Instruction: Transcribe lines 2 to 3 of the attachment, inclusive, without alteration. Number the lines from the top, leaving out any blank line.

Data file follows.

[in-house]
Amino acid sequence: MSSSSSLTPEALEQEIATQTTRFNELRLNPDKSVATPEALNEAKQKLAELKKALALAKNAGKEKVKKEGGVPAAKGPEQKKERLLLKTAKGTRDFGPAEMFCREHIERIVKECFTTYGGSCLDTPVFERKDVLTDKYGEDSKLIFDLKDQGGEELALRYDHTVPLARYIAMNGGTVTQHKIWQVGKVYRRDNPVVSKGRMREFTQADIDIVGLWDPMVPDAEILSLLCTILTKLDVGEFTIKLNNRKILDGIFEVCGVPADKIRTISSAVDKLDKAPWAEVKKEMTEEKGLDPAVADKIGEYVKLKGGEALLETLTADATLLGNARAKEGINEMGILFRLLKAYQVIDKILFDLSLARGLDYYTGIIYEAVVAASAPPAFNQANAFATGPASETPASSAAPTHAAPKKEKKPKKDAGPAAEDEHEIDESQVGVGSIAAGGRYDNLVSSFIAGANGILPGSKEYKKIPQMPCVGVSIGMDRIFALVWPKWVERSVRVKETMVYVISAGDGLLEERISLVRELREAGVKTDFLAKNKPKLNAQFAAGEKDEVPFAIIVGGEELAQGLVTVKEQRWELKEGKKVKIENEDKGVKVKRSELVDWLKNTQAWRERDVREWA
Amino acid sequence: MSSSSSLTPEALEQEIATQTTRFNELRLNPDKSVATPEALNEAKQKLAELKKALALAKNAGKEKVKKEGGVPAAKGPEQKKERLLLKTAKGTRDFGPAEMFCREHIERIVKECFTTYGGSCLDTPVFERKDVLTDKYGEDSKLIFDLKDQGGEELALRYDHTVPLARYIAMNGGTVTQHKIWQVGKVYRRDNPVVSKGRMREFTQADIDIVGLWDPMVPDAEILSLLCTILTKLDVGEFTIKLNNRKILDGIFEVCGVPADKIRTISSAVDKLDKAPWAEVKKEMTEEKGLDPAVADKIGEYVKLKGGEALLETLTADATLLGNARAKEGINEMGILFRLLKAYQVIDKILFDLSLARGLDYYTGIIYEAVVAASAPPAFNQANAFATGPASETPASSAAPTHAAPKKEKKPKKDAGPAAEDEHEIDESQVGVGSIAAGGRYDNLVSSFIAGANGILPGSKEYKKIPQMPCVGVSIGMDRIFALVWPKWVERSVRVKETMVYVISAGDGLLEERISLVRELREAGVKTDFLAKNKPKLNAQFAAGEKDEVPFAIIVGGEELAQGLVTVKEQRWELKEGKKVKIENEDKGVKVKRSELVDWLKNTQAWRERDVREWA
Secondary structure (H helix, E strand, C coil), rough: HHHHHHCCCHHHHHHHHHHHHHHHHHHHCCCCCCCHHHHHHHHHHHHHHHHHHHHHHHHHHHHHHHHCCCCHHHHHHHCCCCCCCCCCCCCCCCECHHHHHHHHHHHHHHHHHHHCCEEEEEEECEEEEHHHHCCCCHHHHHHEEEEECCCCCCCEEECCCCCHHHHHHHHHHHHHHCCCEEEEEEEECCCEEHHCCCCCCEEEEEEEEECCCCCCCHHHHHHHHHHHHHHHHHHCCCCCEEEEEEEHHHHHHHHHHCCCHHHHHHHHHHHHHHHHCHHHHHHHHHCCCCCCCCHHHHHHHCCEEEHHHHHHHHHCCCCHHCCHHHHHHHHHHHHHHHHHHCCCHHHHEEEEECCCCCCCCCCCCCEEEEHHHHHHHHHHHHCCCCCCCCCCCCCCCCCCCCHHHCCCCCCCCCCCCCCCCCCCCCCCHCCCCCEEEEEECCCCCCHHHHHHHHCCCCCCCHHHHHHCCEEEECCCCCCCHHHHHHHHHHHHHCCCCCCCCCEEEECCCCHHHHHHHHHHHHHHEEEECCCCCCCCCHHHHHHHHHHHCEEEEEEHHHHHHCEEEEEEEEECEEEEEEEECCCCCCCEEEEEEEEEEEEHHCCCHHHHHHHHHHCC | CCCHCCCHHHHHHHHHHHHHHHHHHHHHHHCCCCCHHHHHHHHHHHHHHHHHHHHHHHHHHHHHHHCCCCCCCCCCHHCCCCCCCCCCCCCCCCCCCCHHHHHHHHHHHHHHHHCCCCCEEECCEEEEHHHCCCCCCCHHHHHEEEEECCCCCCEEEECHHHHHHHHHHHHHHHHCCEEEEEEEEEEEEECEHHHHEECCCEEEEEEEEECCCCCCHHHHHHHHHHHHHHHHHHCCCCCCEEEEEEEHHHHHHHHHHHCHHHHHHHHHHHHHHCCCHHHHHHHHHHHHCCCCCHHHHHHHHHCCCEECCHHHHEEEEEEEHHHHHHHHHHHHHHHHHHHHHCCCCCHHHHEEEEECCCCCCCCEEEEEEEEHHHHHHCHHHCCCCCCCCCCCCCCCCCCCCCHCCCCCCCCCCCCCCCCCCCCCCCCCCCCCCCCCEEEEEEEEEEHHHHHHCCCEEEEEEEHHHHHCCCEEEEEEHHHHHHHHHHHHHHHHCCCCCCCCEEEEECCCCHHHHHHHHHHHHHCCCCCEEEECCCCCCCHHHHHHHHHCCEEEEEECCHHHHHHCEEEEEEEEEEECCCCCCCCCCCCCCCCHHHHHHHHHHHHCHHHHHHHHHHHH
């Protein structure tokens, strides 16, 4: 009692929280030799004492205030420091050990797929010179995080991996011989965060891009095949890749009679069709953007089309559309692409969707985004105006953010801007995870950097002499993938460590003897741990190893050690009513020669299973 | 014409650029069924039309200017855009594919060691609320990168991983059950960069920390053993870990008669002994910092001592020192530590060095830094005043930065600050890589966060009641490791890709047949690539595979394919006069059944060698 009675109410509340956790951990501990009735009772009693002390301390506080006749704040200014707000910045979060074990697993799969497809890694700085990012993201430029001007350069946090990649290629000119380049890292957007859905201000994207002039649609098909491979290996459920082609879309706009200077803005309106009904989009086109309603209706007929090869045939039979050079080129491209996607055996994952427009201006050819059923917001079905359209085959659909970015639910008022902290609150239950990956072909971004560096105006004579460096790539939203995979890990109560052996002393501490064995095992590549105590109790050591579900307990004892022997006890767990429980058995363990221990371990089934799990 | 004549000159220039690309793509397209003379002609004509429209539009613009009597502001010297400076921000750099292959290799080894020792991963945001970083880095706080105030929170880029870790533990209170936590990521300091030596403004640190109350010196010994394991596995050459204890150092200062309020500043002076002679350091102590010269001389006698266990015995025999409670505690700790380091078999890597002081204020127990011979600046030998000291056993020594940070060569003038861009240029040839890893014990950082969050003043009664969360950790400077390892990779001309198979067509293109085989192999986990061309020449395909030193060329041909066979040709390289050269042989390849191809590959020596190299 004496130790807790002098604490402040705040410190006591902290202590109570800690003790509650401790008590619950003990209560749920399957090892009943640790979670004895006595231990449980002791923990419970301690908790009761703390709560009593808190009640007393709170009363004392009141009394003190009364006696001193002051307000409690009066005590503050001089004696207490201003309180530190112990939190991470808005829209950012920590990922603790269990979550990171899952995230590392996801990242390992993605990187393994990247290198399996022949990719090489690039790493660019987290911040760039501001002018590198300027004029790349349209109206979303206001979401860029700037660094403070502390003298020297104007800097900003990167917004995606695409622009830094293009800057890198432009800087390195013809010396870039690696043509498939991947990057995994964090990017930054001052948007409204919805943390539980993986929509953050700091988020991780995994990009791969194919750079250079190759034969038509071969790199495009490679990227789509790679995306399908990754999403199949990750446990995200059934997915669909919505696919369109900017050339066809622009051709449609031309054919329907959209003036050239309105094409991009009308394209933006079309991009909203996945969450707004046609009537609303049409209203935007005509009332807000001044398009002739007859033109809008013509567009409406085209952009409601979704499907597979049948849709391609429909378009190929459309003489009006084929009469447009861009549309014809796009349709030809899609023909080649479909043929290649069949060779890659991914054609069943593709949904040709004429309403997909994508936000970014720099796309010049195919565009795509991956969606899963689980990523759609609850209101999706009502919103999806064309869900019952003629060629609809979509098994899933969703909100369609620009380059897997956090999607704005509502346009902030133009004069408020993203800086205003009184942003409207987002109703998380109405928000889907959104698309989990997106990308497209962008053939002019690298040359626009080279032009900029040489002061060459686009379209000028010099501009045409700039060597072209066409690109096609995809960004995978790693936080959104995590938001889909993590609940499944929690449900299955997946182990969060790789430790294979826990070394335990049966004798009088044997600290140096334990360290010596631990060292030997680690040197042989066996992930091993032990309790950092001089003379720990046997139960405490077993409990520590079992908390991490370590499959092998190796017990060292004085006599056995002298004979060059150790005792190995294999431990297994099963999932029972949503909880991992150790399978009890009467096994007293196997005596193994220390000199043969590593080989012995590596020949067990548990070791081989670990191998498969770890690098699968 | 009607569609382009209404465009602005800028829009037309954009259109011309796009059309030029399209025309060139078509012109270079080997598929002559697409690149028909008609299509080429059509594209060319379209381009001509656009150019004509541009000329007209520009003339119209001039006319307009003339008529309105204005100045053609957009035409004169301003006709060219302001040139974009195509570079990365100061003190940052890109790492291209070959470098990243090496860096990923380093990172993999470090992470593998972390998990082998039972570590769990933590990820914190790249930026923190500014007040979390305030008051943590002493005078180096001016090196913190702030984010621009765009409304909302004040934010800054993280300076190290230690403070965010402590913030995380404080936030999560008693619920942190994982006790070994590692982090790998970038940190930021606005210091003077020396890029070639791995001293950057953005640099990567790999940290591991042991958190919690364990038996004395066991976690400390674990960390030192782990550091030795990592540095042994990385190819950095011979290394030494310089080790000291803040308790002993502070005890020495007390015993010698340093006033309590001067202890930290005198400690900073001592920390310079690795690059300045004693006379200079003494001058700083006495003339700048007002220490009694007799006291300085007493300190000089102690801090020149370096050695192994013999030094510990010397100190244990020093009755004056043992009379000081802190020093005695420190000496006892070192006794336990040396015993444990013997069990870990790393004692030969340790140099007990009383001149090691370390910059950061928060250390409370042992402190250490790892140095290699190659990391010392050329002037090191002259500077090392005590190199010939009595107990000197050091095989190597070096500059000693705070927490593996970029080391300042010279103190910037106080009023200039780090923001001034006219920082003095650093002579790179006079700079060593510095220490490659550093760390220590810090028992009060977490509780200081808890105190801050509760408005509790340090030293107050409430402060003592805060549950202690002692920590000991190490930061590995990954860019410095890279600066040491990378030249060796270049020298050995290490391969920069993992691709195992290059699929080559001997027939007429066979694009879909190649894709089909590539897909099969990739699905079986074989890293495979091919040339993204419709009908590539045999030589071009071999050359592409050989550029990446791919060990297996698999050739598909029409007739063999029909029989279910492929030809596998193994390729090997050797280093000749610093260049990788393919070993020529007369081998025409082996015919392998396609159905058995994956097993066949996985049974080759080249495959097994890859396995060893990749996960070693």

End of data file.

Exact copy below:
Amino acid sequence: MSSSSSLTPEALEQEIATQTTRFNELRLNPDKSVATPEALNEAKQKLAELKKALALAKNAGKEKVKKEGGVPAAKGPEQKKERLLLKTAKGTRDFGPAEMFCREHIERIVKECFTTYGGSCLDTPVFERKDVLTDKYGEDSKLIFDLKDQGGEELALRYDHTVPLARYIAMNGGTVTQHKIWQVGKVYRRDNPVVSKGRMREFTQADIDIVGLWDPMVPDAEILSLLCTILTKLDVGEFTIKLNNRKILDGIFEVCGVPADKIRTISSAVDKLDKAPWAEVKKEMTEEKGLDPAVADKIGEYVKLKGGEALLETLTADATLLGNARAKEGINEMGILFRLLKAYQVIDKILFDLSLARGLDYYTGIIYEAVVAASAPPAFNQANAFATGPASETPASSAAPTHAAPKKEKKPKKDAGPAAEDEHEIDESQVGVGSIAAGGRYDNLVSSFIAGANGILPGSKEYKKIPQMPCVGVSIGMDRIFALVWPKWVERSVRVKETMVYVISAGDGLLEERISLVRELREAGVKTDFLAKNKPKLNAQFAAGEKDEVPFAIIVGGEELAQGLVTVKEQRWELKEGKKVKIENEDKGVKVKRSELVDWLKNTQAWRERDVREWA
Amino acid sequence: MSSSSSLTPEALEQEIATQTTRFNELRLNPDKSVATPEALNEAKQKLAELKKALALAKNAGKEKVKKEGGVPAAKGPEQKKERLLLKTAKGTRDFGPAEMFCREHIERIVKECFTTYGGSCLDTPVFERKDVLTDKYGEDSKLIFDLKDQGGEELALRYDHTVPLARYIAMNGGTVTQHKIWQVGKVYRRDNPVVSKGRMREFTQADIDIVGLWDPMVPDAEILSLLCTILTKLDVGEFTIKLNNRKILDGIFEVCGVPADKIRTISSAVDKLDKAPWAEVKKEMTEEKGLDPAVADKIGEYVKLKGGEALLETLTADATLLGNARAKEGINEMGILFRLLKAYQVIDKILFDLSLARGLDYYTGIIYEAVVAASAPPAFNQANAFATGPASETPASSAAPTHAAPKKEKKPKKDAGPAAEDEHEIDESQVGVGSIAAGGRYDNLVSSFIAGANGILPGSKEYKKIPQMPCVGVSIGMDRIFALVWPKWVERSVRVKETMVYVISAGDGLLEERISLVRELREAGVKTDFLAKNKPKLNAQFAAGEKDEVPFAIIVGGEELAQGLVTVKEQRWELKEGKKVKIENEDKGVKVKRSELVDWLKNTQAWRERDVREWA